This motif recurs throughout the novel; people get incredibly close but no cigar. The timing's just off. Some examples:
Oskar's grandfather visits his true love Anna's house five times and never finds her. He's about to give up, but finally runs into her. She's never home because she's been going to his house.
Abby Black calls Oskar soon after he leaves her apartment but she misses him. He doesn't get the message for eight months because he's afraid of the phone and answering machine.
William Black actually meets Oskar's father, but doesn't know that the key's inside the vase he sells to him because he avoids reading the letter in which his father told him about it.
William makes a sign to post looking for the buyer of the vase but there were posters everywhere on 9/11, including one of Oskar's father.
Oskar visits William and Abby's house. William, who knows about the key, is in the next room but Oskar doesn't meet him.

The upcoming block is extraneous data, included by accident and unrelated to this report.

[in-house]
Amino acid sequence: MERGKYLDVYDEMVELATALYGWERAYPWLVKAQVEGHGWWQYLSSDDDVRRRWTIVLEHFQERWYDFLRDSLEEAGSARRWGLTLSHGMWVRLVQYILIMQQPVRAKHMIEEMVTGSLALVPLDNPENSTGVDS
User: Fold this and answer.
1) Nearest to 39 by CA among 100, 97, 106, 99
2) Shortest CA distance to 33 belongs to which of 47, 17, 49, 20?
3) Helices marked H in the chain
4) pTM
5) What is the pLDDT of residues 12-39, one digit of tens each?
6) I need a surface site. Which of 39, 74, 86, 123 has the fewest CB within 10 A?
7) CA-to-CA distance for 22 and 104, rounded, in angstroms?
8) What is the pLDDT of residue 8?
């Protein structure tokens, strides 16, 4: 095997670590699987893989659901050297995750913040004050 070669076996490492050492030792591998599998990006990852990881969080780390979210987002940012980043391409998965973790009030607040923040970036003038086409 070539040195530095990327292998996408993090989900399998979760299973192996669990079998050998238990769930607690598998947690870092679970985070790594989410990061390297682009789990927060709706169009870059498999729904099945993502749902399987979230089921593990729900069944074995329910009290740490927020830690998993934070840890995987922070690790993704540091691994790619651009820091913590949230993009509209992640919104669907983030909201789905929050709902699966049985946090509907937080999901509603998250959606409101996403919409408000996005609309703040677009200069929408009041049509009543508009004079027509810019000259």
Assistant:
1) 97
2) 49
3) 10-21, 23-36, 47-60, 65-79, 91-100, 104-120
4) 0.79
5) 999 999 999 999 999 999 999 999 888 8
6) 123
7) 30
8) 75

One of the Blacks Oskar tries to visit was killed on 9/11. Oskar finds out she was a waitress at a restaurant in the building where his Dad died. He thinks about how she might even have served him.
Oskar's Dad visits Europe to look for his father. He meets him, but neither reveals his identity and we don't know if either actually knew who the other man was.
Thomas, Sr. returns to the U.S. just days before his son is killed. He never gets to see him.
And worst of all, Oskar's Dad misses talking to his son in his last moments alive.
All these incredibly close coincidences and near-misses seem to reflect the complicated, random nature of human relationships. We're all just wandering around, desperate to connect and not always succeeding.